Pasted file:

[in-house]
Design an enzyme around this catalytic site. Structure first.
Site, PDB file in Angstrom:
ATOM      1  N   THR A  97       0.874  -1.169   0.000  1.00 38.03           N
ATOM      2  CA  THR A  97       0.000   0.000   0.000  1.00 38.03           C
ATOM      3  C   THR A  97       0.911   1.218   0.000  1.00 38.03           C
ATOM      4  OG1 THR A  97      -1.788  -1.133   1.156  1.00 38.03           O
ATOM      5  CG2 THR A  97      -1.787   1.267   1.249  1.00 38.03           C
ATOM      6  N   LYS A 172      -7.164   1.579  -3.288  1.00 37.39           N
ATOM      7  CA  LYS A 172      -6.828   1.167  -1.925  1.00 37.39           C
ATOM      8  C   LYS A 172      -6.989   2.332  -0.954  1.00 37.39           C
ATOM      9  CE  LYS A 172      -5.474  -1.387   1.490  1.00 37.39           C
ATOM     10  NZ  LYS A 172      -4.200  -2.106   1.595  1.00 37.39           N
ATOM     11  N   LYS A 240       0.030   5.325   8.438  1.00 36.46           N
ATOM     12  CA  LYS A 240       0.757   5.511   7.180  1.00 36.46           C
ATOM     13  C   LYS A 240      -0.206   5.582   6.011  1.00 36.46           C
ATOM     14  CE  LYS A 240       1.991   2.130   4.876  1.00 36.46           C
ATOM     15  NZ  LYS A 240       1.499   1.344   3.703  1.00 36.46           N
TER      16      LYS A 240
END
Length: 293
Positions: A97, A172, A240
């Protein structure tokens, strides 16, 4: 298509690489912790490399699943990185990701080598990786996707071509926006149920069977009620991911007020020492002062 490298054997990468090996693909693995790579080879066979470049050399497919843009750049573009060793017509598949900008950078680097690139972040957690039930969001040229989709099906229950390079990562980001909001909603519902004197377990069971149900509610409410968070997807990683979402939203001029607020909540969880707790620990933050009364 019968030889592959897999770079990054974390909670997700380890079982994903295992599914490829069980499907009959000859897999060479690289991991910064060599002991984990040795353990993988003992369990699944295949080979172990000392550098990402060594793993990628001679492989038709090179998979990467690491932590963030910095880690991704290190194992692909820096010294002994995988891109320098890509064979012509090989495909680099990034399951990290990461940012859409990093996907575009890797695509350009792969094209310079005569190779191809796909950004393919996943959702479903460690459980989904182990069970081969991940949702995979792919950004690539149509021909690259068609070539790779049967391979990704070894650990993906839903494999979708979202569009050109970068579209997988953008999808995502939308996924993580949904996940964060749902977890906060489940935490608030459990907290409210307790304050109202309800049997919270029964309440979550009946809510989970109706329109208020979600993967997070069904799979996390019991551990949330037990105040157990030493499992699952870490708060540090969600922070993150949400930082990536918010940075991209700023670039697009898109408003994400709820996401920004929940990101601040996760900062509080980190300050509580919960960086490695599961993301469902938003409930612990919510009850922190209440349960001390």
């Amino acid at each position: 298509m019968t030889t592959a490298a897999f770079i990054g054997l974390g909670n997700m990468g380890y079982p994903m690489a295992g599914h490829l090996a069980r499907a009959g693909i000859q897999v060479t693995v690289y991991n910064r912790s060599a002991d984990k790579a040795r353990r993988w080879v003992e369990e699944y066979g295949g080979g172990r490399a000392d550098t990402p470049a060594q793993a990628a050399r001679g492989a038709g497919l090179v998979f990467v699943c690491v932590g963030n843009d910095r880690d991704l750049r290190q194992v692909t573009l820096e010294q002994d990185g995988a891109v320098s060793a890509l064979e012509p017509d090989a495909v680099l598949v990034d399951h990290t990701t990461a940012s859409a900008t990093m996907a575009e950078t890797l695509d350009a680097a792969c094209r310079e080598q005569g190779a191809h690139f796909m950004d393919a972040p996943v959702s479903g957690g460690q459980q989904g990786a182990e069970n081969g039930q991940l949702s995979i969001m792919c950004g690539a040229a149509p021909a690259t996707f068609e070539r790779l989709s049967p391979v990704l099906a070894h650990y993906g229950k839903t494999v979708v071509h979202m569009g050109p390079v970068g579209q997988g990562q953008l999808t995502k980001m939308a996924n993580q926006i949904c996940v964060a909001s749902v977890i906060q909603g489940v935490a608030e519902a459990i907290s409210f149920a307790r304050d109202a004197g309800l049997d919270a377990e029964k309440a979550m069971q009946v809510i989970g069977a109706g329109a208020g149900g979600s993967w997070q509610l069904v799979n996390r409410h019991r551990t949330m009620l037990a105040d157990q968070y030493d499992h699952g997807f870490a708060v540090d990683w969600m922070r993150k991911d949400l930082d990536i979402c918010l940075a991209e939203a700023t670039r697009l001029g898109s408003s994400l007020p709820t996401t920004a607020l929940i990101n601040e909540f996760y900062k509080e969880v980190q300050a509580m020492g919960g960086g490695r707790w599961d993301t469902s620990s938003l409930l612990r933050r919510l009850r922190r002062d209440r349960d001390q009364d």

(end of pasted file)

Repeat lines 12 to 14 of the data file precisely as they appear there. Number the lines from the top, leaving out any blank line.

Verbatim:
ATOM      9  CE  LYS A 172      -5.474  -1.387   1.490  1.00 37.39           C
ATOM     10  NZ  LYS A 172      -4.200  -2.106   1.595  1.00 37.39           N
ATOM     11  N   LYS A 240       0.030   5.325   8.438  1.00 36.46           N